Hipster Humor; It’s Ironic: Culture

Hipster Humor; It’s Ironic: Culture

As a student at Goshen College you may often encounter people that appear to bevery “cultured.” This abundance of culture comes from the many, unique life experiencesthat many students have been a part of. Goshen attracts many students that are incrediblyintelligent, people who are extremely gifted in the arts, and yet others who are multilingual.As someone who is none of these things, I feel it my responsibility to teach others, who alsolack these skills, how to be cultured.
The first step in pretending to be cultured, involves a shift in the mental processes; whatonce was considered to be “cool,” are not things that give you culture points. Sorry athletes,you’re just not cultured, unless you play an obscure sport like cricket or fútbol; calling itsoccer is negative culture points.
Once this mental shift has been completed, one must learn how to speak with culture.Saying things like, “Last night was so relaxing, I listened to Tchaikovsky’s Violin Concertowhile reading Homer’s The Iliad,” conveys that you are a person of culture. Of course, ifyou ever encounter someone who has actually read The Iliad you should avoid lengthydiscourse on the subject. Another way to impress people with your “culture” is to use Latinphrases; “carpe diem” and “e pluribus unum” are fairly cliché so try to use more obscurephrases such as, “Caedite eos! Novit enim Dominus qui sunt eius.” The genius in using Latinphrases lies in the fact that it is a “dead language;” only dead people can understand them.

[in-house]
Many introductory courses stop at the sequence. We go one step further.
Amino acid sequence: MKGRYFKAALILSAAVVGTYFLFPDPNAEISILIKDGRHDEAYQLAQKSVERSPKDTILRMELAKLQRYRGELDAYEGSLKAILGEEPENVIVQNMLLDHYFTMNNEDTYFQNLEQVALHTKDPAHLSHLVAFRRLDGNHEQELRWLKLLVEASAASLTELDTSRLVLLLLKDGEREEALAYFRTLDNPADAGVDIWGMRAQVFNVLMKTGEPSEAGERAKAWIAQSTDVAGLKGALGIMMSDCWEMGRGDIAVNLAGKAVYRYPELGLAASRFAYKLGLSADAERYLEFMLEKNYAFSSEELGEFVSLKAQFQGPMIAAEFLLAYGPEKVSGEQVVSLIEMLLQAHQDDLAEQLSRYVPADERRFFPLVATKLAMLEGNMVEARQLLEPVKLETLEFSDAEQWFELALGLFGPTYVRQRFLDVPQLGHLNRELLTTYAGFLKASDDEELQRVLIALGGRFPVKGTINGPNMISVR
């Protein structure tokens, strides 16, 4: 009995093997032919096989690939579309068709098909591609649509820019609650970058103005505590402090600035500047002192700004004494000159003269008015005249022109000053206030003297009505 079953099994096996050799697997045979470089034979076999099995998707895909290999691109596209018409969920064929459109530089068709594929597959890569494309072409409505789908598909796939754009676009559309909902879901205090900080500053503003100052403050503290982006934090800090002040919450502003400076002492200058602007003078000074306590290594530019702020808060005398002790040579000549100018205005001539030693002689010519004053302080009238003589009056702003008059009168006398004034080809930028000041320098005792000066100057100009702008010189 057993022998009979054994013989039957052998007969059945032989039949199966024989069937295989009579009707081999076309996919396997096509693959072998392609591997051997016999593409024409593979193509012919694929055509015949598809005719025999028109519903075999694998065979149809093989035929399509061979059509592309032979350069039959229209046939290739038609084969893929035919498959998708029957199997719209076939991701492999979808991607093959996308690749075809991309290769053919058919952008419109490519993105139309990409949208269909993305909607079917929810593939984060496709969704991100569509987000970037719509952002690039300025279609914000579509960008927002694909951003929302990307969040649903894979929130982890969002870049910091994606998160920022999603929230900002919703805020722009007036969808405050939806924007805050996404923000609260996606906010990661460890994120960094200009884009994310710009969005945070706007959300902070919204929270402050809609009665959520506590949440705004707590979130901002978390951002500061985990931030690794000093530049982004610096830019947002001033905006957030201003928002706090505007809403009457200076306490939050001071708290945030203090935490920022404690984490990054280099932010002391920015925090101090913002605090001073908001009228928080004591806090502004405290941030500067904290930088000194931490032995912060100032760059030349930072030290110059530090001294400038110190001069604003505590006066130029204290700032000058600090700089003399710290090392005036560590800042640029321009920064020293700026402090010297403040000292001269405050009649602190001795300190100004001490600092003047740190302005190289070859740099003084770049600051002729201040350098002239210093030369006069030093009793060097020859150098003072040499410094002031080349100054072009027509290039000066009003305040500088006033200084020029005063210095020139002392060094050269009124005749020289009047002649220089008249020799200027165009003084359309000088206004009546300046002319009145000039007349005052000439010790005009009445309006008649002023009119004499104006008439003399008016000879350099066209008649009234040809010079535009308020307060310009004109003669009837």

The third step in becoming a cultured person is to learn the “ins and outs” of art. Whenattending art shows (to be cultured, one must do this), peer introspectively at oneparticularly odd piece of work (tilt your head slightly and stroke your chin for full effect);if asked your opinion on the work, simply reply, “Brilliant, brilliant; It reminds me of a …(insert name of famous artist).” If at all possible, find a way to use words such as space,shape, value, color and lines; once learned, these words are a sure ticket into the upperreaches of cultured society.
The final step into the privileged world of the cultured is the easiest of all; simply lookcultured. Often time’s people of culture wear things from other countries; these itemsof clothing reflect their openness to experiencing new things. On other occasions, whensaid “cultured persons” go to the opera, they dress up in tuxedos or evening gowns (not tobe confused with dresses); this dressy décor bears witness to their enlightened selves. Also,wearing a tuxedo, screams, “yeah, I have a monocle, what of it?!” (Monocles = culture)
In conclusion, learning to pretend to have culture is a pretty sweet thing, because…. A)It enables you to connect with a diverse group of people. B) It makes you seem moreawesome than you really are. C) Culture gets the ladies; after all, what women wouldn’twant a man who can pretend to sound intelligent while discussing motifs of feminism in20th century literature.
By Jonathan Hershberger
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Written by Matthew Amstutz

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